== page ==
Robot surgery promises faster patient turnaround

Laparoscopic surgery is minimally invasive and offers the advantages of shorter hospital stays and faster patient convalescence. Unlike conventional surgery, laparoscopic surgery requires only a few small incisions in the abdominal wall to introduce surgical instruments and a laparoscopic camera.

Robot surgery promises faster patient turnaround

Laparoscopic surgery is minimally invasive and offers the advantages of shorter hospital stays and faster patient convalescence. Unlike conventional surgery, laparoscopic surgery requires only a few small incisions in the abdominal wall to introduce surgical instruments and a laparoscopic camera.

A major problem in laparoscopic surgery lies in the coordination between the surgeon and camera assistant maneuvering the camera. Also, the camera image may become unstable due to operator fatigue.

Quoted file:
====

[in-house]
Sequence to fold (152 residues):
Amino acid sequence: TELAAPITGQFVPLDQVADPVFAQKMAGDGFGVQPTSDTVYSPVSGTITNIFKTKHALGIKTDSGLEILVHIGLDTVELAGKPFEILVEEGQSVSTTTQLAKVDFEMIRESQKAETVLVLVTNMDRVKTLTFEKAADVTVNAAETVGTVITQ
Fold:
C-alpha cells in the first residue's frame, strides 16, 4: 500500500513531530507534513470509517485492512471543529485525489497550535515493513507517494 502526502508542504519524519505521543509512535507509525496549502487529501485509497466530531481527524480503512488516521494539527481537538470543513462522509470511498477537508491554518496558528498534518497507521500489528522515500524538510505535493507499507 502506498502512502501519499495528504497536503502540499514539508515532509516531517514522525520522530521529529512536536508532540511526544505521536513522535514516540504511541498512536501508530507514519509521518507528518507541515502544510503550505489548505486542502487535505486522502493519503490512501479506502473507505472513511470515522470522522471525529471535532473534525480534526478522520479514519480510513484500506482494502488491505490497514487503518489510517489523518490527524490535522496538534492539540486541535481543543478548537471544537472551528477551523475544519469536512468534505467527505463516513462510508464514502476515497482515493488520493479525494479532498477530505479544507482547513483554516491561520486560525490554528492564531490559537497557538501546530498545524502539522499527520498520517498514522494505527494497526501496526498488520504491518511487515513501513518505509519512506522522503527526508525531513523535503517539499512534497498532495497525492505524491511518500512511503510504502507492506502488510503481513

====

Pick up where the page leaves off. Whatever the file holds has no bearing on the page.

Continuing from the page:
To overcome this, Drs. Guo-Oing Wei and Klaus Arbter at the German Aerospace Research Establishment (Germany) have developed a visual tracking method for stereo laparoscopes. By using a stereo laparoscope coupled to a MaxVideo MV200 image-processing system from Datacube (Danvers, MA), Gou-Oing and Arbter automatically track the surgical instrument.

In building the software, the color distribution of a number of laparoscopic images was analyzed and a unique color designated to the surgical instrument. In this way, even if only a small part of the surgical instrument is available, reliable data of the position of the instrument are obtained. This information is then used to control the motion of an automated endoscope system from Computer Motion (Goleta, CA).

To date, the system has been tested in the abdomen of a pig at the Technical University of Munich (Germany) with apparent success. For more information on this system contact Patrick.Wunsch@dlr.de.

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